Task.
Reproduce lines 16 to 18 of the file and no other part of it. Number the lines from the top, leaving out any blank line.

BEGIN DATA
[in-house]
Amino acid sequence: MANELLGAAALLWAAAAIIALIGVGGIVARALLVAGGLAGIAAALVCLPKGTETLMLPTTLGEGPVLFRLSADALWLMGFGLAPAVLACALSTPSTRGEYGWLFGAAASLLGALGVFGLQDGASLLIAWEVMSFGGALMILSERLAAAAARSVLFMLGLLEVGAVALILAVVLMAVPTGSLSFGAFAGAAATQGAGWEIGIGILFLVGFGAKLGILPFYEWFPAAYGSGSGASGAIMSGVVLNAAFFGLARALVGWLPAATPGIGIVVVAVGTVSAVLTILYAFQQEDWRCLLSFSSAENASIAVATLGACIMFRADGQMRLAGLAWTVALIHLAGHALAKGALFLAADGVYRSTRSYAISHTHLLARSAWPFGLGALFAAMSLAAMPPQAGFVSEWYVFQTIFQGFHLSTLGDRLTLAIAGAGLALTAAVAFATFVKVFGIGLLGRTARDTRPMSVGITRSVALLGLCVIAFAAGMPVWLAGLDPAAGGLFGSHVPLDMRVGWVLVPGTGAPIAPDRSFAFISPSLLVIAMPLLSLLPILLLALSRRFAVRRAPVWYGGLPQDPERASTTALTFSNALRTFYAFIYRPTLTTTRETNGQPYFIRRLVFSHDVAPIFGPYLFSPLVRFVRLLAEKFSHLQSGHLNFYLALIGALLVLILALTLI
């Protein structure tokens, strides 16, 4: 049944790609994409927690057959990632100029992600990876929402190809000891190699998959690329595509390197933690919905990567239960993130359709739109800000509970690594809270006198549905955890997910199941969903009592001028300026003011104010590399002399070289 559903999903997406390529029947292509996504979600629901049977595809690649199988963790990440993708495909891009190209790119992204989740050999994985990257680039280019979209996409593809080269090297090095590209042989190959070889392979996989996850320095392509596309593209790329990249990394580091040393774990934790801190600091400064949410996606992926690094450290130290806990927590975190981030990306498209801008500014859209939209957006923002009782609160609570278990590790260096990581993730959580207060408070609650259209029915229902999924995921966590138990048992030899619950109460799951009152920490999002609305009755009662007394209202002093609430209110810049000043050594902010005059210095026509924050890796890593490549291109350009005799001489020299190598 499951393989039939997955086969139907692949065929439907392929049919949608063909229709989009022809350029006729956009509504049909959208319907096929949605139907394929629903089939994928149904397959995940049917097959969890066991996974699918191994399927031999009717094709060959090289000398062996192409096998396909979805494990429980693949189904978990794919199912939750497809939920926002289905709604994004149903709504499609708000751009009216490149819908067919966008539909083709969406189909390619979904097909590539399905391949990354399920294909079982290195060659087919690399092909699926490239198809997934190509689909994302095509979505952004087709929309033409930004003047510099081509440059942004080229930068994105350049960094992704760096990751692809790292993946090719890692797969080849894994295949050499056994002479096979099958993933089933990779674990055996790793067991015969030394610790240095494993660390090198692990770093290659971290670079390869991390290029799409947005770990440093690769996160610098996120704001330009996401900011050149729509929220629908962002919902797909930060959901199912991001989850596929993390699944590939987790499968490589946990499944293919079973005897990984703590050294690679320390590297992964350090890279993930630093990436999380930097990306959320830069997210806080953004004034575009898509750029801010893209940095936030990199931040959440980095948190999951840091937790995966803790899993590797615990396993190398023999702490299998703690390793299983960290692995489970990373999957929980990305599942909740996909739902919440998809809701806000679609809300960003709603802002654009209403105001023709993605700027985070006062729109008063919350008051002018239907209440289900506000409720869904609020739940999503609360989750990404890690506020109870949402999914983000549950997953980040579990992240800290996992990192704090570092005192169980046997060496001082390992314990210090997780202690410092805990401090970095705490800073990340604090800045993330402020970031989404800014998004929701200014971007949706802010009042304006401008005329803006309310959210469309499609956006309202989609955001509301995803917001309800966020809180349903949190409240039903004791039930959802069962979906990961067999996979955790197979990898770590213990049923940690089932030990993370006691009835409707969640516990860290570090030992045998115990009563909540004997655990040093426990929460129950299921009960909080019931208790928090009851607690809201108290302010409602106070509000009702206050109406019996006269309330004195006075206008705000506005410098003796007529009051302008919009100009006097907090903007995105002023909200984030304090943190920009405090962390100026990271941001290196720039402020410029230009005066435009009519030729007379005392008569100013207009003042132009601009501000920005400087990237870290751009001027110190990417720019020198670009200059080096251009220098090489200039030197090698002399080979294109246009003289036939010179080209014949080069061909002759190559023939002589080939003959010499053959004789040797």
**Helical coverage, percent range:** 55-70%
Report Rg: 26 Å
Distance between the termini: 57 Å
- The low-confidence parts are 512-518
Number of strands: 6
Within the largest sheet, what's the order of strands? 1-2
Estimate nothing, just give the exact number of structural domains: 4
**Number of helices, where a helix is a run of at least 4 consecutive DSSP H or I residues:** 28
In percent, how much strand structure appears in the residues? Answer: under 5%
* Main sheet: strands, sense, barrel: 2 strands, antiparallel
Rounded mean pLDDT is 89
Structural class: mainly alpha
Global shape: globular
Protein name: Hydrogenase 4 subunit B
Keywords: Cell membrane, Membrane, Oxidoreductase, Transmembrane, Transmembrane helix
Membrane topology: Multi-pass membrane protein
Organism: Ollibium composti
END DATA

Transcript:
Global shape: globular
Protein name: Hydrogenase 4 subunit B
Keywords: Cell membrane, Membrane, Oxidoreductase, Transmembrane, Transmembrane helix